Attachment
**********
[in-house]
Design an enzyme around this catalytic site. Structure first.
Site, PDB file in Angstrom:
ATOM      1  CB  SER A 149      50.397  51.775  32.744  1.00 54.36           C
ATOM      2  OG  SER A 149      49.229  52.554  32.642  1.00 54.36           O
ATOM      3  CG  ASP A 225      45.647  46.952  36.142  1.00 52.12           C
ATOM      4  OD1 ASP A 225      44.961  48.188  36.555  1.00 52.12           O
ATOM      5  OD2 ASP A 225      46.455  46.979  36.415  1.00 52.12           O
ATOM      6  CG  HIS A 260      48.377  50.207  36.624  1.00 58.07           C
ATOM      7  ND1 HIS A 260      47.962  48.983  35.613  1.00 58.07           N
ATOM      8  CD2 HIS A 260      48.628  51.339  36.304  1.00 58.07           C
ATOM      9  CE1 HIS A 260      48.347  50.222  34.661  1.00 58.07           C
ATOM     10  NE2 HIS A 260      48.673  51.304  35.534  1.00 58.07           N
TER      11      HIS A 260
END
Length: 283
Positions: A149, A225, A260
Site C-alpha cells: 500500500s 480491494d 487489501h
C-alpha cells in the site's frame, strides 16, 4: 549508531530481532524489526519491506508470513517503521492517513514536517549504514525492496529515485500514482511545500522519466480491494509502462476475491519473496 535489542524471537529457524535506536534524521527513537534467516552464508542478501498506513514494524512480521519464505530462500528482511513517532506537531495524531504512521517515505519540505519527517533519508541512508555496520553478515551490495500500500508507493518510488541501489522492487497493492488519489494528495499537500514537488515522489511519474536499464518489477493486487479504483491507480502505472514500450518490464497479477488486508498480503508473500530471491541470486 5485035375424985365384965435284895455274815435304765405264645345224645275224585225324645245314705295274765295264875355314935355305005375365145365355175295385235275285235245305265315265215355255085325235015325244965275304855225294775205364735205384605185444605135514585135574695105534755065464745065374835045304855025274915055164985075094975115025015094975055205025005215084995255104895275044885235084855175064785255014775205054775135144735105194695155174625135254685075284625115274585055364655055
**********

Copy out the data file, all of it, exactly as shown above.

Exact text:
[in-house]
Design an enzyme around this catalytic site. Structure first.
Site, PDB file in Angstrom:
ATOM      1  CB  SER A 149      50.397  51.775  32.744  1.00 54.36           C
ATOM      2  OG  SER A 149      49.229  52.554  32.642  1.00 54.36           O
ATOM      3  CG  ASP A 225      45.647  46.952  36.142  1.00 52.12           C
ATOM      4  OD1 ASP A 225      44.961  48.188  36.555  1.00 52.12           O
ATOM      5  OD2 ASP A 225      46.455  46.979  36.415  1.00 52.12           O
ATOM      6  CG  HIS A 260      48.377  50.207  36.624  1.00 58.07           C
ATOM      7  ND1 HIS A 260      47.962  48.983  35.613  1.00 58.07           N
ATOM      8  CD2 HIS A 260      48.628  51.339  36.304  1.00 58.07           C
ATOM      9  CE1 HIS A 260      48.347  50.222  34.661  1.00 58.07           C
ATOM     10  NE2 HIS A 260      48.673  51.304  35.534  1.00 58.07           N
TER      11      HIS A 260
END
Length: 283
Positions: A149, A225, A260
Site C-alpha cells: 500500500s 480491494d 487489501h
C-alpha cells in the site's frame, strides 16, 4: 549508531530481532524489526519491506508470513517503521492517513514536517549504514525492496529515485500514482511545500522519466480491494509502462476475491519473496 535489542524471537529457524535506536534524521527513537534467516552464508542478501498506513514494524512480521519464505530462500528482511513517532506537531495524531504512521517515505519540505519527517533519508541512508555496520553478515551490495500500500508507493518510488541501489522492487497493492488519489494528495499537500514537488515522489511519474536499464518489477493486487479504483491507480502505472514500450518490464497479477488486508498480503508473500530471491541470486 5485035375424985365384965435284895455274815435304765405264645345224645275224585225324645245314705295274765295264875355314935355305005375365145365355175295385235275285235245305265315265215355255085325235015325244965275304855225294775205364735205384605185444605135514585135574695105534755065464745065374835045304855025274915055164985075094975115025015094975055205025005215084995255104895275044885235084855175064785255014775205054775135144735105194695155174625135254685075284625115274585055364655055